Last night we ate in The Maybush, both Diana and I had the pie from the specials and very good they were to. Each in an individual pie bowl and I would think home made with a dish of fresh vegetables which were also very nice.
This morning we pushed off at 9 30 am back up stream, just as I got the bows out a narrow boat came through the bridge heading in our direction so I pulled over to allow him to pass, we then followed him to Shifford Lock which was "self service" as the now replaced yellow signs say. Her we locked through together and both stopped for water, while we were here we assisted a skiff going down through the lock as they had never been through a lock before and their first one had no keeper.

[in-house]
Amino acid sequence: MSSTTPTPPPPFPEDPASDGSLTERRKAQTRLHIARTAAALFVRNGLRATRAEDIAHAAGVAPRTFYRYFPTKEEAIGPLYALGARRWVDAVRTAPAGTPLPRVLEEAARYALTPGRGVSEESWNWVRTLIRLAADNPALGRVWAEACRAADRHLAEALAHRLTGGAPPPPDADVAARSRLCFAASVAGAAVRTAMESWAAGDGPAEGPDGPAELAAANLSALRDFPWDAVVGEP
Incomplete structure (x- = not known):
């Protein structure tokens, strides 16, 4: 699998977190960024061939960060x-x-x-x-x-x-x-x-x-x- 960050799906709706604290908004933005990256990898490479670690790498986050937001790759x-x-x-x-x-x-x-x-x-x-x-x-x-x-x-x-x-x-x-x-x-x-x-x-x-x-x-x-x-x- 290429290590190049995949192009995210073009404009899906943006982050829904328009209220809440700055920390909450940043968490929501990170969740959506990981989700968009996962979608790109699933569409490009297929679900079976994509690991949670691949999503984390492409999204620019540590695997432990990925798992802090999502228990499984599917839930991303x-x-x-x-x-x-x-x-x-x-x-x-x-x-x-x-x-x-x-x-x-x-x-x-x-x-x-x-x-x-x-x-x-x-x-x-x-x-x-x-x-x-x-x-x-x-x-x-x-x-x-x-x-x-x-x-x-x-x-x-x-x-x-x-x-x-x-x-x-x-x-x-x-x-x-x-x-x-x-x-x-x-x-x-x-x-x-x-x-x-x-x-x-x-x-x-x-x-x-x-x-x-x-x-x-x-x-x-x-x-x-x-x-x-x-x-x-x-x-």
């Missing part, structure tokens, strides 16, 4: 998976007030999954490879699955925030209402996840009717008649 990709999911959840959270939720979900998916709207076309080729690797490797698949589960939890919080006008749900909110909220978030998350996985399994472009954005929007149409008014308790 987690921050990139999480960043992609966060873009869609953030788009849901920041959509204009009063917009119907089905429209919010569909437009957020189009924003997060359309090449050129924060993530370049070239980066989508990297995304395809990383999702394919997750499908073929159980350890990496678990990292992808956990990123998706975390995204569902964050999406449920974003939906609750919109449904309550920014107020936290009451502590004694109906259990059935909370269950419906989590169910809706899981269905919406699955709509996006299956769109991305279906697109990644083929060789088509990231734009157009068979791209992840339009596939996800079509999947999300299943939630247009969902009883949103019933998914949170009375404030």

We left the other boat to fill his tanks and headed off alone. The keeper at Rushey Lock asked where he had seen us before and we told him "here yesterday, when we came for a pumpout". Just as we left the lock the sky's opened for the next ten minutes or so, it was still raining lightly when we arrived at Radcot lock. We were still travelling alone when we entered Grafton Lock, here the keeper asked my to switch my engine off, the first one ever to do so when we have been the only boat in the lock. At Buscot lock there was a boat facing down stream moored right in the middle of the lock moorings having dinner. T he lady on board asked if we wanted to moor there, Diana told her it would help as we wanted to go through the lock. The reply was that there was another lock mooring near the lock, we pushed on and found a landing stage about 15 feet long by the lock entrance and two narrow boats waiting to exit the the lock so we just had to lay to and let them pass. The lock keeper had a good catch of Signal Cray Fish, I noticed that in his nets he had things like old dog bones and bottles three quarters full with water as well as whatever bate he was using, as we left the lock the keeper started to close the gates but I saw a cruiser approaching so tooted the horn, only for the cruiser to turn round and go back upstream where we shared St Johns lock with him. We are now moored about 200 yards down stream from the bridge in Lechlade close to the bank, we were moored further down with the bows about 3 foot out and the stern about 10 feet out, but we spotted a boat moving out from this decent mooring so we moved up and took his place, behind us is the boat we had seen on the Oxford Canal with the tortoise onboard. The owner has just had to hake up his temporary run and put him back on the boat as the young bullocks have just come into the field. Last time we were here mooring was free but it is now £4 a night.